Newbie investor in Portland, Oregon

4 Replies

Hi,

My name is Mike Meerschaert and I'm originally from the San Francisco Bay Area. I'm moving up to Portland, OR in February 2020 and I'm planning to get started investing in real estate once up there. I work a 9-5 with pretty good comp and benefits, but my goal is to save as much as possible and invest everything in small multi family or single family BRRRR deals, and hopefully have $3,500/month in rental income within the next 5 years to be able to cover all my basic necessities so I can focus on working on things that matter to me without having to trade most of my time for money to pay my bills.

I don't have a background in real estate, but I am a computer programmer at an investment consulting firm so I do know a lot about how to analyze investments, and I live and breathe numbers every day. I started my career fixing computers, then working at a managed service provider that managed all IT needs for small businesses and startups around the SF bay area, but in my free time I was teaching myself programming until I landed my current job. Now my primary skills are JavaScript / Python / PHP / SQL, Relational / Graph Data Modeling, API / Web application development, and I'm pretty proficient with excel and google sheets. I've already come up with some quick and dirty models for doing side by side comparisons of cash flow on rental properties by inputting purchase price and rental income, and using some basic formulas to estimate expenses. I'm also pretty good with most technical issues due to my background in IT and systems administration. 

I learned about this community from Brandon Turner's youtube videos, then the bigger pockets podcast, then I signed up to buy David Greene's BRRRR book, and now I'm here to get advice, network and hopefully be able to provide value from my technical background to other members here.

I'm interested in networking with other real estate investors in the Portland area, specifically Real estate agents, Contractors, Property managers and Lenders who are investors themselves.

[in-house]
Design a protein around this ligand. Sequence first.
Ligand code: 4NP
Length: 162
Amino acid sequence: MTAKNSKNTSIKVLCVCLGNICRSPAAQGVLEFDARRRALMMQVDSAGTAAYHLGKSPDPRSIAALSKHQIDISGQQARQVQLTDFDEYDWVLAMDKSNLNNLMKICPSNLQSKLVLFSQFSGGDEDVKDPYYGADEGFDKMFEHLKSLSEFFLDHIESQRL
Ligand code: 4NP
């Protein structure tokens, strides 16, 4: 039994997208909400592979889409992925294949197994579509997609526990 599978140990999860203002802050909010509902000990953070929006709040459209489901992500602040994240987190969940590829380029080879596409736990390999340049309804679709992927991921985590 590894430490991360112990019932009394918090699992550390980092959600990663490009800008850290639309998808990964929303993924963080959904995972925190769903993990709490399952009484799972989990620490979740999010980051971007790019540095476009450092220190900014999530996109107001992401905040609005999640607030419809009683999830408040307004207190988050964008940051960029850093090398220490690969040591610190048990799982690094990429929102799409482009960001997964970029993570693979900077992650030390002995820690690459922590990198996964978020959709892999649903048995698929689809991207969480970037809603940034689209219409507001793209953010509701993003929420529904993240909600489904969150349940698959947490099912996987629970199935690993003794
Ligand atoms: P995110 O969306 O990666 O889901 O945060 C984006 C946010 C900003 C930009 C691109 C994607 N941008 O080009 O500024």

@Mike Meerschaert Welcome to Portland! I've been operating in real estate for about 13 years (all of it in Portland). I am an investor, realtor and owner of a large property management company in Portland.

The biggest factor to consider when investing in Portland is the regulatory environment and how it will impact you and your goals.


Portland has new security deposit and screening criteria for residents that may make you pause. Also, you will want to read up on SB 608, which is the latest bill in Oregon that passed in early 2019. 


I would be happy to connect.

Thanks for the info Nicholas,

I have been directed to that bill before and have read up on it a bit. As I understand, the key details that make it detrimental to landlords are:

  • Statewide rent control capps rental increases @ 7% + CPI
  • No cause evictions are prohibited after 1 year of tenancy

I hope I can still achieve my goals within these confines because there are a few advantages this provides.

There will be fewer investors (particularly out of state investors) looking to buy up the duplex / triplex / 4 plex properties that I'd like to be targeting, which will hopefully cool off the market a bit and allow for better purchase prices (my plan is to buy, rent, and hopefully never sell, so I don't care too much about short term market appreciation).